Monday, July 12, 2010

Riding in a flash flood

I was so busy making preserved lemons Saturday that I didn't start my errands until early afternoon, and the clear hot morning was starting to turn into ominous clouds.  I figured, hey, I won't melt, and blithely headed off to Home Depot.
It started to rain about 4 blocks from Home Depot, and started to POUR about 2 blocks away.  I took advantage of the pedestrian free sidewalks instead of riding in the giant puddle on the right side of a busy road that makes up those last two blocks.
Amazingly, I found covered parking  for Gilbert in the garage of the building next door to Home Depot, and just got wetter on the way across the adjoining parking lot.  I bought the liquid nails, couple of paint brushes and canvas drop cloth I came for, although not the hostas I was looking for,  and it looked like the rain had mostly subsided when I checked out.

On the way home though it started to really really come down.  There were giant puddles on the pathway from the earlier rain, and between the splashing up from those and the raining down from the sky, I was completely drenched pretty quickly.  Which wasn't such a big deal,  I was headed home, figured I'd just change at home.  Once you're wet, it  doesn't matter if you get wetter,  and most of the few people on the path looked like they had surrendered to it, and were in pretty good spirits.  There were lots of smiles and shrugs- a camaraderie of slight misfortune.  Although the drops were coming down so hard it was almost painful, they were warm, and it wasn't until about 1/2 mile from home when it started to lightning that I got a bit nervous.

Unfortunately, there was a disaster awaiting me at home.
Back when Cambridge was built, the storm water and the sewage were all carried away in one set of pipes (back in the day, those pipes led directly to the Charles, but that's a different story).  Unfortunately they haven't updated them all to the modern system of separate sewage and storm water drains.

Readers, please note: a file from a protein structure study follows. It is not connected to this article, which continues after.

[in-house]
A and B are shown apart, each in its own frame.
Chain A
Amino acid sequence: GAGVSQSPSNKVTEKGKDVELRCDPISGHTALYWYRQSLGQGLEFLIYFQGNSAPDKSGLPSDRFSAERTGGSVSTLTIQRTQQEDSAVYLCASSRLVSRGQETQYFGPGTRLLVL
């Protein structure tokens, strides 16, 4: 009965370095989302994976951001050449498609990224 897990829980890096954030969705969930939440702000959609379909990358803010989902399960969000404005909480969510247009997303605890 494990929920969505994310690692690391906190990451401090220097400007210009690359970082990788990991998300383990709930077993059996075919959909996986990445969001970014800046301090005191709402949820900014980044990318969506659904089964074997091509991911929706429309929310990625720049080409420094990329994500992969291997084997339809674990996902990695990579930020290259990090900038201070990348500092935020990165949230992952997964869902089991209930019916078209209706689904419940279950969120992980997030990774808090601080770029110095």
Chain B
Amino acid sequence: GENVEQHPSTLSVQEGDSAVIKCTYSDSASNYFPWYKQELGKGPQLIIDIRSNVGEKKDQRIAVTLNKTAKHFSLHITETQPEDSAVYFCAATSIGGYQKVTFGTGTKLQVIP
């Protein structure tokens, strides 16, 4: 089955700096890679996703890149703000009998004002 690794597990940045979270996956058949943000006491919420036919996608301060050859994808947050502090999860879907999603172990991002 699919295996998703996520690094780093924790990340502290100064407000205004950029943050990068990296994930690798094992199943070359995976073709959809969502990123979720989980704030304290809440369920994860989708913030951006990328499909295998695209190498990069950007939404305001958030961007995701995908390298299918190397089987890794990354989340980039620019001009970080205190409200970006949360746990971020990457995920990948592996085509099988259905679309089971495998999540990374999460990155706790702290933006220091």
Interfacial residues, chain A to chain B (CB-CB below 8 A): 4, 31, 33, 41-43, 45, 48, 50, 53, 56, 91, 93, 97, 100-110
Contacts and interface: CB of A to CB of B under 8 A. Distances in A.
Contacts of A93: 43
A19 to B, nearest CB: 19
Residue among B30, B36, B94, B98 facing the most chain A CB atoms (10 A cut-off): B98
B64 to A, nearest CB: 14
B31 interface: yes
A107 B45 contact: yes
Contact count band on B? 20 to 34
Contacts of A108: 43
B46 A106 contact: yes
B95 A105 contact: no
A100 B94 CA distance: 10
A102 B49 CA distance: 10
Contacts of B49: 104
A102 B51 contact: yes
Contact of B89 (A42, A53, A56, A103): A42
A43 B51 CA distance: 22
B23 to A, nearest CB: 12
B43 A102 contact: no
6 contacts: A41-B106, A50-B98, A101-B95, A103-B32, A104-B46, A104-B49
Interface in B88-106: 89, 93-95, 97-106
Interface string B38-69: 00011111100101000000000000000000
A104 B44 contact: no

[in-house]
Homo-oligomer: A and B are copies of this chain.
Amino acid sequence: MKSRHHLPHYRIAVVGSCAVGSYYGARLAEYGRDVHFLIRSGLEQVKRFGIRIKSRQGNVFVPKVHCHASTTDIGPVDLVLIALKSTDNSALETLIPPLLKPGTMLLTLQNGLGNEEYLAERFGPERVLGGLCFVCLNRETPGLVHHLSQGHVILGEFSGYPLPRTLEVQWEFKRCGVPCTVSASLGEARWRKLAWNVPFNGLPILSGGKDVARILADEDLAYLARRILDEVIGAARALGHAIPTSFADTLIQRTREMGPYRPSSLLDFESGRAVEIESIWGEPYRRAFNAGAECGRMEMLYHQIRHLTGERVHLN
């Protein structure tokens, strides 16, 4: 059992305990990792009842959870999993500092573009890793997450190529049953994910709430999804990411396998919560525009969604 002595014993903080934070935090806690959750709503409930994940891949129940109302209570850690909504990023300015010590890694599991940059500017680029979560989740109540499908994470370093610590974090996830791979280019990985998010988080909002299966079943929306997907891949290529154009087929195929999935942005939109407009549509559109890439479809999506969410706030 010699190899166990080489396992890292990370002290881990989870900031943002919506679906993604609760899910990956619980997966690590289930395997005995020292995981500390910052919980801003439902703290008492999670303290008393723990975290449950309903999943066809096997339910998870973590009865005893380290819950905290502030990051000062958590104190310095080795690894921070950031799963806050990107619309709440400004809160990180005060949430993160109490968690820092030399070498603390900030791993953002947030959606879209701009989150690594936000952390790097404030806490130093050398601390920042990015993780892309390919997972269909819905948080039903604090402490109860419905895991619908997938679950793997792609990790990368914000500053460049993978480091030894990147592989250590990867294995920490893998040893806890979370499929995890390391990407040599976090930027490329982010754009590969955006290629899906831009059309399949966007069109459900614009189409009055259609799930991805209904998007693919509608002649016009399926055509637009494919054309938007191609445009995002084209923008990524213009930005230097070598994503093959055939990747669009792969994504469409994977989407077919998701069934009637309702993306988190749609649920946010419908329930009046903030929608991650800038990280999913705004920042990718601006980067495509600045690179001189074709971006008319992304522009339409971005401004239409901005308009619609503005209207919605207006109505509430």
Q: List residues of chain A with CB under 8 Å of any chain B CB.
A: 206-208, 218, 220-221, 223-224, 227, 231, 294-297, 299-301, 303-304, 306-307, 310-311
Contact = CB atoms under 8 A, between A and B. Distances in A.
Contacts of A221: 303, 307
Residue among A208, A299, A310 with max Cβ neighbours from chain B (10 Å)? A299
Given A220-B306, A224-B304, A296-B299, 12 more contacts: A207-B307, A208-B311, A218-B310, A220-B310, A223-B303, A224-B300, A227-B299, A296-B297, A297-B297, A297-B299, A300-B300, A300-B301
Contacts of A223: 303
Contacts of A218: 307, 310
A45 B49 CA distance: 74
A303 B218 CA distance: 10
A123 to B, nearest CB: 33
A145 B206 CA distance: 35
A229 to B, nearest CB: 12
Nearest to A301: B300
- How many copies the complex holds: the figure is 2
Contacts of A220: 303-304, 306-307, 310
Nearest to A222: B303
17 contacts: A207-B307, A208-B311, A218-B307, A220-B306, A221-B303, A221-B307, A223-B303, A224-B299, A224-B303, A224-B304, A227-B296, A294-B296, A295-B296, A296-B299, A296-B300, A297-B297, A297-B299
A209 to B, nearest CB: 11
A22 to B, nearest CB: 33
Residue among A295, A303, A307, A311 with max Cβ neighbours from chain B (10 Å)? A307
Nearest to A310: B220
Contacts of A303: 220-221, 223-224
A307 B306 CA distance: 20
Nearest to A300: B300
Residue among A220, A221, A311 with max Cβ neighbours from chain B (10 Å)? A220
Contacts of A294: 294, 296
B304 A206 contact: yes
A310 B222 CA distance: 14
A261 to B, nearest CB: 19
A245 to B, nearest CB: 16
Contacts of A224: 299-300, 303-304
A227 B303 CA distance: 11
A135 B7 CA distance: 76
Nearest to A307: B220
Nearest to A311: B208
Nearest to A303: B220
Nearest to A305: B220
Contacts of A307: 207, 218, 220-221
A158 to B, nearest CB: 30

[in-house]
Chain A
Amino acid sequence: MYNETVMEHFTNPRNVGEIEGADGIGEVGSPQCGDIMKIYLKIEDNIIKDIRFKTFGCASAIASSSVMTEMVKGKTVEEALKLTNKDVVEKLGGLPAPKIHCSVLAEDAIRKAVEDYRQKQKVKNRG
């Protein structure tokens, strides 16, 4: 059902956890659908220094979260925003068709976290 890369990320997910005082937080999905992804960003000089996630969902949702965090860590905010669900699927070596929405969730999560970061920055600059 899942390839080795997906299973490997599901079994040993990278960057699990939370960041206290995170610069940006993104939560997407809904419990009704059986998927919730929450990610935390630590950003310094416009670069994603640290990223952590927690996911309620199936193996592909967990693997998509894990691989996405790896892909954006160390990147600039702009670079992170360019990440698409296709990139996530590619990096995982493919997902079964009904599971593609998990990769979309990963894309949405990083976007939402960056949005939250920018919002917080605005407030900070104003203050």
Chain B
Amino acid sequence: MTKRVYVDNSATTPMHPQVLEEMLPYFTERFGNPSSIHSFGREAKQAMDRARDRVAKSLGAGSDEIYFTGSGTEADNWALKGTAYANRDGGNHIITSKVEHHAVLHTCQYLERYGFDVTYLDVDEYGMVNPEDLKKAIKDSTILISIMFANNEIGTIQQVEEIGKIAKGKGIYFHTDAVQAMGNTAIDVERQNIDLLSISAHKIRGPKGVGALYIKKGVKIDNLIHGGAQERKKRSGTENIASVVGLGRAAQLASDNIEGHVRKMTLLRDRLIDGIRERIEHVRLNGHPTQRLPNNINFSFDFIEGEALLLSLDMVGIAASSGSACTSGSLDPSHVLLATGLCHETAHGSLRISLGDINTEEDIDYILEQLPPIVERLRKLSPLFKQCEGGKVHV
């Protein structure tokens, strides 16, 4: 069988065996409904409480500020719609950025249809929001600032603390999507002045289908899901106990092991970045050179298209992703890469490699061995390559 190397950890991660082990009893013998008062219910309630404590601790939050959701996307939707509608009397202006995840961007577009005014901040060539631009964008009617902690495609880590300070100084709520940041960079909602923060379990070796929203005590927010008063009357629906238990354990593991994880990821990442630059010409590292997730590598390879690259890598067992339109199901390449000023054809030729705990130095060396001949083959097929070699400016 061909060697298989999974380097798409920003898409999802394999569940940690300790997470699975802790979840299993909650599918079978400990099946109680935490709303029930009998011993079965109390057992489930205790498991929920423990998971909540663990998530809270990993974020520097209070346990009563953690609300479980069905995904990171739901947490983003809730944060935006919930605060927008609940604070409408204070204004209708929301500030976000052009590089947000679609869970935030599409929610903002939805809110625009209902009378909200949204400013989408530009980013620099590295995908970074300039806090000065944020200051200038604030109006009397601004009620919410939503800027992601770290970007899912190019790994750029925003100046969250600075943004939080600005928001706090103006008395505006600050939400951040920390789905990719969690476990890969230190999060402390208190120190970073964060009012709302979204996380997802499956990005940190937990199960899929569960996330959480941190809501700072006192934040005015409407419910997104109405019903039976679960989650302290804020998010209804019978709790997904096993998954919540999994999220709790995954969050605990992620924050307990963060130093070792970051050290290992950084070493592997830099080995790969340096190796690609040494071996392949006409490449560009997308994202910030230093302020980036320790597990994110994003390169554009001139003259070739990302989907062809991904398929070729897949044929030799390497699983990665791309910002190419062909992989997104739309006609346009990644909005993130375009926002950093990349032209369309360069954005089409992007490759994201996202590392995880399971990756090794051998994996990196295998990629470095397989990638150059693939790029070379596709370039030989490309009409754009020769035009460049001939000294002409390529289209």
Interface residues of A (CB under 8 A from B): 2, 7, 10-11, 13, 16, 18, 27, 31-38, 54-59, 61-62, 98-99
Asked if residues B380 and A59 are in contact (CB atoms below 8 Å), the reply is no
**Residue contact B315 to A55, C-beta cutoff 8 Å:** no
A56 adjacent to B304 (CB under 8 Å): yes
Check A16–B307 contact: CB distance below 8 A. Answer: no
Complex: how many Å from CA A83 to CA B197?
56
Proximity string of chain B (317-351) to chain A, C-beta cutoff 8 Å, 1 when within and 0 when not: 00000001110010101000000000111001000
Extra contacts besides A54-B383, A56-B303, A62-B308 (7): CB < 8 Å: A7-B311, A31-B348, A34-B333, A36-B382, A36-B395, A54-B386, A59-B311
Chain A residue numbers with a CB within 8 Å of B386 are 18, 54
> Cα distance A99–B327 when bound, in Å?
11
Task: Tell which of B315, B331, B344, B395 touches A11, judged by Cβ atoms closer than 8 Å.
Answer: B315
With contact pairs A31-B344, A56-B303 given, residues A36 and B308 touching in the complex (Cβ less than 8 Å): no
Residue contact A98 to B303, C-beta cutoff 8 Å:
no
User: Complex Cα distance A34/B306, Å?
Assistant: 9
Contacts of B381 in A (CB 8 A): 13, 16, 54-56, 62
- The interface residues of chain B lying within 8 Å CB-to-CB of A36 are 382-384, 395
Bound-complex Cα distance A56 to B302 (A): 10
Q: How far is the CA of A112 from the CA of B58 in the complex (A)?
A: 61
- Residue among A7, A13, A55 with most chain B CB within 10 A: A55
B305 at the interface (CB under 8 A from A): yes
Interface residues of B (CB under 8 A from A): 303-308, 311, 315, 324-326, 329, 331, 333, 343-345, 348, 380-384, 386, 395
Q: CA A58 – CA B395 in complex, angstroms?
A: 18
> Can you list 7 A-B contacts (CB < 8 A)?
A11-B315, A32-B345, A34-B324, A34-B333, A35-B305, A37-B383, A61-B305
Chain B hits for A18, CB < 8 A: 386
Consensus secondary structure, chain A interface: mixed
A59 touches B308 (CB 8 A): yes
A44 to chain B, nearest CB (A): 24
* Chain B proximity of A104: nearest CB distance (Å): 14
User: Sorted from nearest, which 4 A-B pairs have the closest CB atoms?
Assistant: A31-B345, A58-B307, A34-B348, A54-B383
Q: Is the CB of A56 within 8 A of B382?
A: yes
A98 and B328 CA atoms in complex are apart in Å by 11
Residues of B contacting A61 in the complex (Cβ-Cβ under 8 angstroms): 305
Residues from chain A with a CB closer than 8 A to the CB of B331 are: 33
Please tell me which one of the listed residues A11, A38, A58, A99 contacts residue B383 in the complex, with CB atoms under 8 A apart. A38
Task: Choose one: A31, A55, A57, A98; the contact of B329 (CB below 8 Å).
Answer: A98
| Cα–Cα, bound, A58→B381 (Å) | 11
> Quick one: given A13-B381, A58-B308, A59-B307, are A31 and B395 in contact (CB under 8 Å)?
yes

When I got home, I heard a rushing water noise from the basement, and descending, discovered 2 inches of water standing in the basement, and more rushing up though the toilet.
Yes,  that 2" of water in the basement was raw sewage.

So instead of spending a lazy Sunday afternoon adjusting Gilbert's rack to perfectly level, and using the new saddle treatment that arrived in the mail Friday,  the Scientist and I spent the rest of the weekend vacuuming up sewage from the carpet and the floors, ripping out said carpeting and pad and sewage soaked subfloor,  bleaching the bejeazus out of the main room's floor, and sorting everything that was in the basement into "toss",  "disinfect", and "uncontaminated", piles, and then bagging it, disinfecting it, or moving it up into our (now very full) living room.
We still have to bleach the floor in the boiler room, but hopefully that will be finished tonight and we can start to figure out what's next.

Folks,  if you finish out a basement, or if you build a new house,  especially if you live in an older city or suburb where they have combined lines,  put a sewage backflow preventer valve on any basement fixtures, or the whole house if you're allowed.   They need to be cleaned out every couple of years, but they can prevent a world of nastiness.
Retrofitting one is tough, although we're going to see what can be done, so it's good to be aware of the issue before you build.